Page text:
Roxbury’s Dudley-Eliot Square seeks state cultural district status
Jule Pattison-Gordon | 6/23/2016, 6 a.m.
A coalition of Roxbury groups are making a case for a Dudley-Eliot Square Cultural District — a designation they hope will enhance the neighborhood’s cultural scene. Cultural district advocates are in the midst of preparing their case, which will culminate with submitting a formal application to the Massachusetts Cultural Council this September. While energy has recently galvanized, the idea of a Roxbury cultural district has been under discussion for more than a decade, Kelley Chunn told the Banner. Chunn is the principal of Kelley Chunn & Associates, which became a consultant on the project this past March.
Securing cultural district status could boost tourism and economic activity, increase residents’ awareness of their local offerings, give the neighborhood more control over its narrative and character and ensure that as the development boom plays out, space is kept for the arts, some community members say.
At their third public forum, held at Dudley Library last week, organizers explored some hard questions still to be settled: How does Roxbury want to identify its culture, and, critically, how will a cultural district be governed and financially sustained?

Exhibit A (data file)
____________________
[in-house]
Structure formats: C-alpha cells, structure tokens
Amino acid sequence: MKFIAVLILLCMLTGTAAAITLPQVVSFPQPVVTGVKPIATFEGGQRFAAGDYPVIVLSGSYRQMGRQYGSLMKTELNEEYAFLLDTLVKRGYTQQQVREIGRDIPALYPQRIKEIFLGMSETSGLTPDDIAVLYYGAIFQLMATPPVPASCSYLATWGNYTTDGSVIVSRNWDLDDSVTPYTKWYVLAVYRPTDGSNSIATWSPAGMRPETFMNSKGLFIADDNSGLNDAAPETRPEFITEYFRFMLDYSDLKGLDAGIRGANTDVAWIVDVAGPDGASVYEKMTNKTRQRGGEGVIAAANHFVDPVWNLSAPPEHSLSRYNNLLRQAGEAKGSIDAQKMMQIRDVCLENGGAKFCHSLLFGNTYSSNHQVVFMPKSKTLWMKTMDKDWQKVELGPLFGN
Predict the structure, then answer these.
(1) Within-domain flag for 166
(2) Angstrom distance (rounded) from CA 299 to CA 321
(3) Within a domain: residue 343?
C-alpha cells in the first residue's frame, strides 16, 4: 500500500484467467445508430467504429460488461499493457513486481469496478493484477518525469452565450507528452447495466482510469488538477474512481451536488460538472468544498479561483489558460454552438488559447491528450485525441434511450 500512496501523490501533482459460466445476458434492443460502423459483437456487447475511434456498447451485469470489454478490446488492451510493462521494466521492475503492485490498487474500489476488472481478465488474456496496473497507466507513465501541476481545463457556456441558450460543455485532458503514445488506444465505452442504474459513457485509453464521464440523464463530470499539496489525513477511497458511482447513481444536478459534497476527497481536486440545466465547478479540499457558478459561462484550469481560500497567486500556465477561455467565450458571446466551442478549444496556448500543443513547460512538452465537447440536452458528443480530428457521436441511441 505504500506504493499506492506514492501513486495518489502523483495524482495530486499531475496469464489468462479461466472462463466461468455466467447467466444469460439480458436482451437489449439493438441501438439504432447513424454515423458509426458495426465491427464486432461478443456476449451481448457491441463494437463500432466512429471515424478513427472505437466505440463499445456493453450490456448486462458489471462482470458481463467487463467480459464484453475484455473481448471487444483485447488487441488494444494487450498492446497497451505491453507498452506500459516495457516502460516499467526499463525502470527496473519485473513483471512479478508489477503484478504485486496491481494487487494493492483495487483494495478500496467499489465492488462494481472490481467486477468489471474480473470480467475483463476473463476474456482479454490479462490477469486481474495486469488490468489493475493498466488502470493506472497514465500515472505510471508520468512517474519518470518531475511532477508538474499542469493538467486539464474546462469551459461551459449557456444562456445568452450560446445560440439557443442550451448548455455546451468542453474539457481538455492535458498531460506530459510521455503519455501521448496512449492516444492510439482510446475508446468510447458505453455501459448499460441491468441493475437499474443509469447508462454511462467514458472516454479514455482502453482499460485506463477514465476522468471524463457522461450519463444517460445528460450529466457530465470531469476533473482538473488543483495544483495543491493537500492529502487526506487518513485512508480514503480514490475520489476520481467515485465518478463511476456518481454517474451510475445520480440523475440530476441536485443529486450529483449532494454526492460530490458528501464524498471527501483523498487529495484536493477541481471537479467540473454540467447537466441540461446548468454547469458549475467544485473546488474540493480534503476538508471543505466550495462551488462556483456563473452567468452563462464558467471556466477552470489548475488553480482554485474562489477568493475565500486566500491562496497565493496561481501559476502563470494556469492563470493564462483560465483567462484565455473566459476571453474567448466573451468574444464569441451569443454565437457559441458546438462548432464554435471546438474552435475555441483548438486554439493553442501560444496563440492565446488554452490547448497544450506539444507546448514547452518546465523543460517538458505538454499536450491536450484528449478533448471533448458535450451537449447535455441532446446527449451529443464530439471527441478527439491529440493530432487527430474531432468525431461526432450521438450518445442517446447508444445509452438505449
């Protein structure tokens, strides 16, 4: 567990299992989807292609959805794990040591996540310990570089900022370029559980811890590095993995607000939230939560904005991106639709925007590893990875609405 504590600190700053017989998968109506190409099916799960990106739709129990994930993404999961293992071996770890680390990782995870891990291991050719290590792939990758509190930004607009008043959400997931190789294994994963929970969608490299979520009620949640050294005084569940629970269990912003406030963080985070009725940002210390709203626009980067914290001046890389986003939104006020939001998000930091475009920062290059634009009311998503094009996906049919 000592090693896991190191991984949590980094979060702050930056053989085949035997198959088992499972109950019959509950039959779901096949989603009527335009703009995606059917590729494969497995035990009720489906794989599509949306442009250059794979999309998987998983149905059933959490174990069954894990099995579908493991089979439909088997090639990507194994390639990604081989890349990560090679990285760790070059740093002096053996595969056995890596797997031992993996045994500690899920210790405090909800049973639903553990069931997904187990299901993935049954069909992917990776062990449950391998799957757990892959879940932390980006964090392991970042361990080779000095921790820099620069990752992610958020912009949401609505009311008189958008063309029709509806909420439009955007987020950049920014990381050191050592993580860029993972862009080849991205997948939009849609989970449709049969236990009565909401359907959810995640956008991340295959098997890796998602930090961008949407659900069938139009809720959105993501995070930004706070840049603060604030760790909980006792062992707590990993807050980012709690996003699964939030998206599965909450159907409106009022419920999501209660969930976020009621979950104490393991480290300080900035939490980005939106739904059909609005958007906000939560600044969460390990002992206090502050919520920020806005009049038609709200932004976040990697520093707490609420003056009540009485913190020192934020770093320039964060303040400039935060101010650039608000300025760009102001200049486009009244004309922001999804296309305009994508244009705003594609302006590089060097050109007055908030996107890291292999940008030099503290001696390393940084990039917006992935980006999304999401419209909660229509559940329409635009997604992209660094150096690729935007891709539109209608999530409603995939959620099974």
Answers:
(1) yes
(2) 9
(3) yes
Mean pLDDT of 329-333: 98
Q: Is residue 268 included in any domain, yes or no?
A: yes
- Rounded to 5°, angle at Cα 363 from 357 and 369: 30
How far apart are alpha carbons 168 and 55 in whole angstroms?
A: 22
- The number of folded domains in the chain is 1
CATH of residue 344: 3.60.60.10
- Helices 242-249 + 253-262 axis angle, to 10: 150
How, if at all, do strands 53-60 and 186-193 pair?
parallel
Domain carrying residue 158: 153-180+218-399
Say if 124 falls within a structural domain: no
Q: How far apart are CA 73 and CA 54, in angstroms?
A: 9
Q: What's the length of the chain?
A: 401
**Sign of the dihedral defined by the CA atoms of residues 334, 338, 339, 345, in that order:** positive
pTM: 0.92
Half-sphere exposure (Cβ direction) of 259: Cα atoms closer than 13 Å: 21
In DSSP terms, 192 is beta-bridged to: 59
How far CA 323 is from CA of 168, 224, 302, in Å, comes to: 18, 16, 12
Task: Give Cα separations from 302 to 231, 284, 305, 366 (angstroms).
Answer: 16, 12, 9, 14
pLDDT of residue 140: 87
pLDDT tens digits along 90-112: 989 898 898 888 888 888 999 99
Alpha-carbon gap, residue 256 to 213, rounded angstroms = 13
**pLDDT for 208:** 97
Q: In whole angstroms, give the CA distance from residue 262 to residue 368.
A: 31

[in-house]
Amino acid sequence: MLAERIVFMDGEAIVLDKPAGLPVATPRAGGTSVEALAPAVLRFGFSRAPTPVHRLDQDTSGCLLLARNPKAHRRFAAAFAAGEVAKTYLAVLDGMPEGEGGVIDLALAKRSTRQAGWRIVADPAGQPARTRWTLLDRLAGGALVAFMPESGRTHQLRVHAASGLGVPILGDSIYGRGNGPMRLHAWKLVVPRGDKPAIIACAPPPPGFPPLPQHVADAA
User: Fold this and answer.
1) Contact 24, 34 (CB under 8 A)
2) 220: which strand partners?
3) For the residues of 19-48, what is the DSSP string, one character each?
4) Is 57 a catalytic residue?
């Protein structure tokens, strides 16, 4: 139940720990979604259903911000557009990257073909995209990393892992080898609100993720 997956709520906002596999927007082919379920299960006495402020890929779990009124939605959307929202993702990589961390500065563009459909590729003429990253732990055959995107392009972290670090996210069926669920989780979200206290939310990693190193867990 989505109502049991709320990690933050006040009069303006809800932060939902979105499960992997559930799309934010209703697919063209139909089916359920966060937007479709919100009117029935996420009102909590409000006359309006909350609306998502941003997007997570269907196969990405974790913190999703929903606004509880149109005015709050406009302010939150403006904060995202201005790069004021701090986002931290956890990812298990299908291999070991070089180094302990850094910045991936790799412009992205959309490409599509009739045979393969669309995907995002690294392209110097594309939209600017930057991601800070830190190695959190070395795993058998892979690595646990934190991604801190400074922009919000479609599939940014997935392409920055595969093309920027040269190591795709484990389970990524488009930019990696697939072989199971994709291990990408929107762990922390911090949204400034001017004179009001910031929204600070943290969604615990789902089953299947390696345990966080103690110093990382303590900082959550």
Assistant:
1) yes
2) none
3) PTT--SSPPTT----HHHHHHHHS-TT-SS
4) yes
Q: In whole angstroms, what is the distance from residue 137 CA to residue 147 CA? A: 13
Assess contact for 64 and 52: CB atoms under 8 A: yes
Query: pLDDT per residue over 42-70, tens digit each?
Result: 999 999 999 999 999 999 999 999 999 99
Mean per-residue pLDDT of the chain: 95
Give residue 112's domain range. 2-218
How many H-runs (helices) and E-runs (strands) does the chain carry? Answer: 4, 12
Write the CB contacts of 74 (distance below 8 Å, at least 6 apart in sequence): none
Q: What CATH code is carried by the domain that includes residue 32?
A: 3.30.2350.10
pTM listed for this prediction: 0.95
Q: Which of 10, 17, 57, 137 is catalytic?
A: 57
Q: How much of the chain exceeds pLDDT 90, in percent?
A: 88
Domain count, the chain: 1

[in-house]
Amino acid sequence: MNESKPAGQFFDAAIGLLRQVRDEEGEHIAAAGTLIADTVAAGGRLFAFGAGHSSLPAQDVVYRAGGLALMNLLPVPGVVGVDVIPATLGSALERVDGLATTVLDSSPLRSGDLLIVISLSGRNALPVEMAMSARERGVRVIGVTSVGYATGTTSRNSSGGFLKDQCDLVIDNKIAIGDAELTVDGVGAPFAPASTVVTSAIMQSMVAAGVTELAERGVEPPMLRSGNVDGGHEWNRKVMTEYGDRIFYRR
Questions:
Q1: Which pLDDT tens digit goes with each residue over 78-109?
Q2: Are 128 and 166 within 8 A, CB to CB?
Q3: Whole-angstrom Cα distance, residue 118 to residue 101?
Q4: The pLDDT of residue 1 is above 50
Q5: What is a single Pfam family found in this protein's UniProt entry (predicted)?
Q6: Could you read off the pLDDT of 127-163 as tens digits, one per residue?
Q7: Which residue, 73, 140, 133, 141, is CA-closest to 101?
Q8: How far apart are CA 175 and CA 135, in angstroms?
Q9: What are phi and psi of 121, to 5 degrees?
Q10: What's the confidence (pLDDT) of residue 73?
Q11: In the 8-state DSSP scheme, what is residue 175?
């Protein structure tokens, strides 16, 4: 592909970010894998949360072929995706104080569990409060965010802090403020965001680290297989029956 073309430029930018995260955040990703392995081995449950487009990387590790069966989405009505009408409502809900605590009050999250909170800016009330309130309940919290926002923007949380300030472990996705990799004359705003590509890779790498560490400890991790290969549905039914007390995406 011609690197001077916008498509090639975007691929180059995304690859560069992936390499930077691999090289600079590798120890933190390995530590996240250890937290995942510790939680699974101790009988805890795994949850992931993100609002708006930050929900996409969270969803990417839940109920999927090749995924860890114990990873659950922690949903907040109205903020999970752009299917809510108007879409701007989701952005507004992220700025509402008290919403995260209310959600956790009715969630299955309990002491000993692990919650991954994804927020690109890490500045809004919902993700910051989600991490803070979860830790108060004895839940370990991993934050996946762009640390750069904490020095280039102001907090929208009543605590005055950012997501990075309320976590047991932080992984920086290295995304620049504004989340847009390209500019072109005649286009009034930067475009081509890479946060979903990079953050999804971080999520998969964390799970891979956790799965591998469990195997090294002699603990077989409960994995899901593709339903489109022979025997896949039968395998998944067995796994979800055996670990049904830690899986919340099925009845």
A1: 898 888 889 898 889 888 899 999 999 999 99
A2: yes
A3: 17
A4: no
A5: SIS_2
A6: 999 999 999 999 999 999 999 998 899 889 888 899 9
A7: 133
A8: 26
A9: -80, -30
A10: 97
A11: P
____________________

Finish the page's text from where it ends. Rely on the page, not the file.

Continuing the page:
On the web
Boston Creates Cultural Plan: http://plan.bostoncreates.org/
Spearheading the effort to prepare a formal application are Haley House, Madison Park Development Corporation and The American City Coalition. The three groups teamed up in 2015 to join the ongoing discussion and explore practicalities; since then, other organizations have stepped forward in support.
When considering eligibility as a cultural district, the Massachusetts Cultural Council looks for areas with a dense concentration of commercial, arts and historical features in a walkable area. Julie Burros, the city’s chief of Arts and Culture, said in a phone interview with the Banner that Boston has no set cultural district model, with its two current ones modeling very different approaches. The Boston Literary Cultural District is organized around a theme and over a large geography, while Fenway Cultural District more focused on highlighting existing cultural assets in a part of the neighborhood. The city works with communities on developing cultural districts.
Too many of Roxbury’s cultural assets remain overlooked by tourists and local Bostonians, thus failing to tap into what could be a significant revenue stream, organizers stated in a November 2015 application to the Catalyst Fund for financial support.
“The area’s cultural assets remain relatively unknown to those outside of the neighborhood, and few Bostonians, or the millions of annual domestic and international tourists and business travelers, visit the neighborhood,” the application stated.
Burros noted as well that Roxbury in particular has a high concentration of historic sites that are not well known.
“One thing unique to Roxbury is its rich history — it has a lot of historic assets that I would say are in need of higher visibility,” she said.
In addition to helping artists, improving the promotion and ease of discovery of what the areas have to offer could increase weekend and evening traffic, boosting patronage of local businesses and increasing the vibrancy of the area for both local residents and visitors, advocates say.